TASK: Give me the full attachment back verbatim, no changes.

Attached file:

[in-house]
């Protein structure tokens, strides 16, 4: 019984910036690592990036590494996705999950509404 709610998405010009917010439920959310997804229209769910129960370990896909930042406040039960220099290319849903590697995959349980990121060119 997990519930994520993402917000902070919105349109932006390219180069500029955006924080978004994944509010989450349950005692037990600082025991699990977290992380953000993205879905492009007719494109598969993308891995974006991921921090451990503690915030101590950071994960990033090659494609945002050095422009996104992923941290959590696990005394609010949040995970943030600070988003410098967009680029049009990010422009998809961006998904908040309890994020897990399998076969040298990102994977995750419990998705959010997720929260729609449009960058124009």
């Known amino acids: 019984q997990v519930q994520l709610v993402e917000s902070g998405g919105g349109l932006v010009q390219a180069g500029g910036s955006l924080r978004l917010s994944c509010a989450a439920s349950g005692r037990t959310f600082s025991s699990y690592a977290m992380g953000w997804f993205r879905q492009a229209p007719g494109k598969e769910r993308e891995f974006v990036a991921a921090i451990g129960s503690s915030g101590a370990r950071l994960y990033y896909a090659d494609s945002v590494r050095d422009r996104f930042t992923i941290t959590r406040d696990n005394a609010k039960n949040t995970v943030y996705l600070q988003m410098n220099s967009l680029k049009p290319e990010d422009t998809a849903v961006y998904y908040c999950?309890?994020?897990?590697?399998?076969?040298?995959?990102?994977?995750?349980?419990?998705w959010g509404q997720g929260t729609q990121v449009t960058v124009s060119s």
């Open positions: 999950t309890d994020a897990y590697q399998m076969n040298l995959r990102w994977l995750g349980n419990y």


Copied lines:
[in-house]
């Protein structure tokens, strides 16, 4: 019984910036690592990036590494996705999950509404 709610998405010009917010439920959310997804229209769910129960370990896909930042406040039960220099290319849903590697995959349980990121060119 997990519930994520993402917000902070919105349109932006390219180069500029955006924080978004994944509010989450349950005692037990600082025991699990977290992380953000993205879905492009007719494109598969993308891995974006991921921090451990503690915030101590950071994960990033090659494609945002050095422009996104992923941290959590696990005394609010949040995970943030600070988003410098967009680029049009990010422009998809961006998904908040309890994020897990399998076969040298990102994977995750419990998705959010997720929260729609449009960058124009």
């Known amino acids: 019984q997990v519930q994520l709610v993402e917000s902070g998405g919105g349109l932006v010009q390219a180069g500029g910036s955006l924080r978004l917010s994944c509010a989450a439920s349950g005692r037990t959310f600082s025991s699990y690592a977290m992380g953000w997804f993205r879905q492009a229209p007719g494109k598969e769910r993308e891995f974006v990036a991921a921090i451990g129960s503690s915030g101590a370990r950071l994960y990033y896909a090659d494609s945002v590494r050095d422009r996104f930042t992923i941290t959590r406040d696990n005394a609010k039960n949040t995970v943030y996705l600070q988003m410098n220099s967009l680029k049009p290319e990010d422009t998809a849903v961006y998904y908040c999950?309890?994020?897990?590697?399998?076969?040298?995959?990102?994977?995750?349980?419990?998705w959010g509404q997720g929260t729609q990121v449009t960058v124009s060119s």
């Open positions: 999950t309890d994020a897990y590697q399998m076969n040298l995959r990102w994977l995750g349980n419990y």